PTC Academic Summit: Teaching CAD and Advanced Manufacturing Courses

Written by: Delaney McDevitt

Read Time: 4 min

Boston University lecturer, Dr. Peter Zink, was among PTC Academic’s guest speakers at LiveWorx 2019. With many years of computer-aided design experience using different software, Dr. Zink addresses the benefits of using PTC software in his classroom and how he integrates the industry-leading software in his course curriculum.

Becoming a Champion of Students: Teaching CAD and Advanced Manufacturing Courses with PTC Software

At Boston University, Dr. Peter Zink believes in empowering engineering students in the classroom to, “go out and make things,” with an emphasis on active learning exercises and creative exploration.

How does he do this when the curriculum is constantly evolving to keep up with digital transformation trends? Dr. Zink leverages the technology of PTC Creo, which he integrates into the mechanical engineering courses for undergraduates at Boston University.

Computer-aided design (CAD) software in academe is often taught with the assumption that students will best learn from a primarily lecture-based structure. Course curriculum traditionally included CAD modeling, drawing, and assembly, that would incorporate some demos presented by the instructor. These demos lacked flow, efficiency, and long-term value. Teaching the information and skills in this way didn’t transfer to a space where students would be able to apply what they learned. Dr. Zink decided he needed a process that would be valuable to his students in the classroom and could be easily transferred to their careers. 

Out with the Old and in with the New

Dr. Zink recognized the value for his students in teaching an industry-leading tool because it would help them build confidence and design with intent, which is what companies look for in potential hires.

Teaching and preparing the future workforce for the actual industry setting is a hurdle in itself. Dr. Zink adopted a new teaching methodology, “putting the learning in the hands of the students through these active learning exercises.” In his search to find a solution that would be effective in his classroom, Dr. Zink drew from his challenges, experience, and feedback from his students, as well as his time teaching and using CAD software. With this, he created a three-step teaching model shown in the graphic below. When executed, this method “increases [student] interaction with more open-ended questions and a bigger focus on the broader picture from an engineering standpoint,” says Dr. Zink.


Shorter lectures, guided practice, and independent application all support Dr. Zink’s overall strategy—to keep course content and structure the same. The learning curve of transitioning to Creo meant that Dr. Zink would have to test the practices himself to really see the results. This is where he took the deep dive into Creo by practicing and rewriting course material to align with his mission to increase interactivity, make exercises more open-ended and investigative, as well as shift the challenge to engineering instead of software mechanics.

The Benefits

Deciding to integrate a new software in a curriculum that aligns with the vision of a university, while also corresponding with digital trends in a constantly evolving space is bold. The space of academe can be difficult if you aren’t willing to take the time, assess, test—and sometimes fail—at new practices. Dr. Peter Zink wove Creo into his curriculum with intent to put the student first to make positive disruption that would change “the pace of learning and length of lectures to equip students with guided and independent practices,” that would improve the overall experience, value, and results of his course. These results would then show positive results afterward with improvements in ratings and feedback from students.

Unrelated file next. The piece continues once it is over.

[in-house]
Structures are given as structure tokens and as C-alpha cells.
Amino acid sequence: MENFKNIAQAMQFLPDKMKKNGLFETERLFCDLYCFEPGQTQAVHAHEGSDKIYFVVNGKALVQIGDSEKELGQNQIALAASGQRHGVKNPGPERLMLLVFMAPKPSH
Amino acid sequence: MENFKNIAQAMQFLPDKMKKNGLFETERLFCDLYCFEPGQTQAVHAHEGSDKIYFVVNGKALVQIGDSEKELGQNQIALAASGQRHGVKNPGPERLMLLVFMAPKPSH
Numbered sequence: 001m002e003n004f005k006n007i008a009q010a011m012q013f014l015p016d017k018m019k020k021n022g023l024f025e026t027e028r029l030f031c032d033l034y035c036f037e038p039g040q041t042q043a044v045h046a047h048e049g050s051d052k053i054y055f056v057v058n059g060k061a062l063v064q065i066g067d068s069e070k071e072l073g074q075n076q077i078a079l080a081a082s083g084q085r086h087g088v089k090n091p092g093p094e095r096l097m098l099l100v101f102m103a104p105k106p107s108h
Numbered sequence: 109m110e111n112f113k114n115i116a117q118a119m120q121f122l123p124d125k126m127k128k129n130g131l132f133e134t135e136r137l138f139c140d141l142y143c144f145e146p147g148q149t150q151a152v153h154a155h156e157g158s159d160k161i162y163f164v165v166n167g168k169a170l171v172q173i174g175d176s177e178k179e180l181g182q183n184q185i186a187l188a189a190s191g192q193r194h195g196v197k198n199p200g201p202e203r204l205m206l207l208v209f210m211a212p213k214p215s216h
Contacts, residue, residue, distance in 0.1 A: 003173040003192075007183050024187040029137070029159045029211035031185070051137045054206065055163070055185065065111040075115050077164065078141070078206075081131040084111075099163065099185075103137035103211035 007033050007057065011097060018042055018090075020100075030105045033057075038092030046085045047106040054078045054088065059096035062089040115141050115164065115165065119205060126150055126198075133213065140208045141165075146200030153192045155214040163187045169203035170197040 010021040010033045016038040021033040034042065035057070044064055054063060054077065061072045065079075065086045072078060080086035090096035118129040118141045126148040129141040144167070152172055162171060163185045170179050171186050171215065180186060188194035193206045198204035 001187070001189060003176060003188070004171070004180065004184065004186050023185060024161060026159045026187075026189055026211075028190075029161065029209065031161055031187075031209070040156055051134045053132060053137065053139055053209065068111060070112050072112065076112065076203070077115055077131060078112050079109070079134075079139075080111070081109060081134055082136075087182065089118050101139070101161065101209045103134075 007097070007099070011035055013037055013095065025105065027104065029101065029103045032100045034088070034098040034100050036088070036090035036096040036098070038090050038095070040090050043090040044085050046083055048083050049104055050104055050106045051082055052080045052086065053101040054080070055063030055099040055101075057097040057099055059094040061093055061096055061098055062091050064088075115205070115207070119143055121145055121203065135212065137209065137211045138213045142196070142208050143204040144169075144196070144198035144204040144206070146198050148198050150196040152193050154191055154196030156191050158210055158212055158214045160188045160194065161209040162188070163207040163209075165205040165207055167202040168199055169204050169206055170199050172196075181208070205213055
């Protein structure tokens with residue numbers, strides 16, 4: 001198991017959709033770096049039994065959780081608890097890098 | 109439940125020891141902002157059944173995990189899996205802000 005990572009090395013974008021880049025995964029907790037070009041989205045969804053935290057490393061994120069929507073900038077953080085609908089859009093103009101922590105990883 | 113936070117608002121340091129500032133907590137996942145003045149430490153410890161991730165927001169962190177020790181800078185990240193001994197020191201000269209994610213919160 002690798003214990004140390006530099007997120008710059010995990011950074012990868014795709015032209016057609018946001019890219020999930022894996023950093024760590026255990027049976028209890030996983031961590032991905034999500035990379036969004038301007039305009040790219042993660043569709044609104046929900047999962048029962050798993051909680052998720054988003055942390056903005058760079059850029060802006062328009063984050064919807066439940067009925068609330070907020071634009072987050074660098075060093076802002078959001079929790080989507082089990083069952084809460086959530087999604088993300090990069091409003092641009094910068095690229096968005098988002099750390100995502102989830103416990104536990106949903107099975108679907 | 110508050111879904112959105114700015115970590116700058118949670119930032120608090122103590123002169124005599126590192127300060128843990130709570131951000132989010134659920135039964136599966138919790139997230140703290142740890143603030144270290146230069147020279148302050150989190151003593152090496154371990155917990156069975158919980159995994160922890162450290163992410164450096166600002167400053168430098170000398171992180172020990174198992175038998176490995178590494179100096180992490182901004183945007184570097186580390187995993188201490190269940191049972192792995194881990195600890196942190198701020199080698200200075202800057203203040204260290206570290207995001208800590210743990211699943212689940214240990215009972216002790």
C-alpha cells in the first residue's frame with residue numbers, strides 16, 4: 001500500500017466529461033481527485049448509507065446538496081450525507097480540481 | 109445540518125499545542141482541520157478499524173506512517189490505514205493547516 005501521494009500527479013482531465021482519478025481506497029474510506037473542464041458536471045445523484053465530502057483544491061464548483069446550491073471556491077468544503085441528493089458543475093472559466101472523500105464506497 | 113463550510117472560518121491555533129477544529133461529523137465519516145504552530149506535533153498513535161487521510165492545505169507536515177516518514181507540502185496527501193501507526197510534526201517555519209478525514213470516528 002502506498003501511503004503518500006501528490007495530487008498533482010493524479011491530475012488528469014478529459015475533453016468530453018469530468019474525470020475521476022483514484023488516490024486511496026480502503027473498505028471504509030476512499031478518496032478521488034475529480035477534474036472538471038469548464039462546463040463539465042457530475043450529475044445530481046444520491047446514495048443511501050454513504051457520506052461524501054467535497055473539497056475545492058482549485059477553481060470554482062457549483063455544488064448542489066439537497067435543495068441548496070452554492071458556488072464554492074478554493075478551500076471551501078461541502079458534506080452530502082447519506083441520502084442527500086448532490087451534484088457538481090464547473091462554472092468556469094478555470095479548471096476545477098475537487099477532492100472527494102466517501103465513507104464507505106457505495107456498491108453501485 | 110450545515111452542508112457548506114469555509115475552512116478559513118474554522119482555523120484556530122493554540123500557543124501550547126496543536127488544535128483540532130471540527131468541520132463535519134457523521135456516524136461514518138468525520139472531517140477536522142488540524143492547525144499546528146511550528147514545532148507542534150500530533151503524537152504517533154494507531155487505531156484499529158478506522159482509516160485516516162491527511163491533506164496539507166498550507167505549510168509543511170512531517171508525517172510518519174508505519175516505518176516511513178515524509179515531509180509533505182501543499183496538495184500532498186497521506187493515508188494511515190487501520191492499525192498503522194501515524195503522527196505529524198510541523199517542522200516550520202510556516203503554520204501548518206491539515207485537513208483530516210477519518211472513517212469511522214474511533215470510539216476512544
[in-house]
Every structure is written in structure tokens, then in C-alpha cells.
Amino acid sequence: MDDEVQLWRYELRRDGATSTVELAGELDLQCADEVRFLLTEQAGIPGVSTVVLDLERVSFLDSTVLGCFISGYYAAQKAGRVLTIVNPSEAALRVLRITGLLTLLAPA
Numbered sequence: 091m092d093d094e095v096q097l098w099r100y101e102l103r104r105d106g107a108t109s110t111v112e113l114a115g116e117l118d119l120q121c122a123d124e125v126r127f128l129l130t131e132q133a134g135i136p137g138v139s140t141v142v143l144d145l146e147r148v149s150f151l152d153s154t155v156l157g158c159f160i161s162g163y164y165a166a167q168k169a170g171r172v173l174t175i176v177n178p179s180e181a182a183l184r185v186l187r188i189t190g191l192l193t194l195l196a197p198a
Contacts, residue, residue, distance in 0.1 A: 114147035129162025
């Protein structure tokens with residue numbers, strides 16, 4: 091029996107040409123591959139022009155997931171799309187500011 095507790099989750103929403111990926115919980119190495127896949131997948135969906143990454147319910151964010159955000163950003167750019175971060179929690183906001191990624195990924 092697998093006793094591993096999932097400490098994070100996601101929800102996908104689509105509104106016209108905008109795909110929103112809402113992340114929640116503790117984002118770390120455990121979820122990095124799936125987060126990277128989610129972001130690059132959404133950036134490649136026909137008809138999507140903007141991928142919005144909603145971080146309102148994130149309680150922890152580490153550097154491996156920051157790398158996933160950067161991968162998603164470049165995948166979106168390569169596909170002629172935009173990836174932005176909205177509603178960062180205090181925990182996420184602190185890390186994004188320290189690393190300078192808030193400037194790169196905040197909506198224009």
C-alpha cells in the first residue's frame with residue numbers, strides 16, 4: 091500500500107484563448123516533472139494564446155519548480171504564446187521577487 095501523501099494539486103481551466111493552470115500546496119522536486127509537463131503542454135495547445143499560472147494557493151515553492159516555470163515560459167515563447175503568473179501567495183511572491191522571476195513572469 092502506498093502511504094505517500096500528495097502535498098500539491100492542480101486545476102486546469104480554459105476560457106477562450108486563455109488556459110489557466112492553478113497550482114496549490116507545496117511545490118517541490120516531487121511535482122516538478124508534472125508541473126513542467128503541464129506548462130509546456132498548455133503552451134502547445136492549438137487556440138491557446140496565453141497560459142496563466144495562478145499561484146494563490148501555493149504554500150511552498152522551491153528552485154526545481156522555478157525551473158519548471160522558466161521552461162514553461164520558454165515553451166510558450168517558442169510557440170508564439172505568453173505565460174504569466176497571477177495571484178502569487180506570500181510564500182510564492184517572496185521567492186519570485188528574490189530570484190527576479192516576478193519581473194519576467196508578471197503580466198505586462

Creo in Action in the Classroom

With the resources from PTC Academic, Dr. Zink was able to provide his students and engineering program at Boston University with a primer as a part of the PTC Academic university package to help learning and teaching Creo. The course work he developed to cater to Creo’s capabilities was created with the purpose to, “get students to understand and appreciate the connection between the work they do in engineering design and how it translates to the physical manufacturing processes,” says Dr. Zink. As the students’ progress through the program, assignments become more complex as they’re tasked with creating animations and mechanisms that they build from parts they download or model. Applying fundamental principles and practices in the classroom would then transfer to industry with familiarity and skilled practice that aligns with the curriculum and post-university values companies seek in potential candidates.

To learn more about how Boston University is using PTC software, read the case study here.

The PTC Academic campus package is offered to universities for a substantial discount and offers up to 500 seats per classroom—meaning there is potential for 500+ students in academe to take advantage of this industry-leading software. Want to bring Creo to your classroom? Click the link here to contact us today!
Tags: CAD Education Digital Transformation Industry 4.0

About the Author

Delaney McDevitt

Delaney McDevitt is the marketing copywriter for the PTC Academic Marketing team. In her role, she creates content that embodies the Academic team's mission to empower students and educators to succeed in the digital transformation era.

As a professional writer, she has experience in copywriting, editing, email marketing, content strategy, blogging, document design, and creative writing.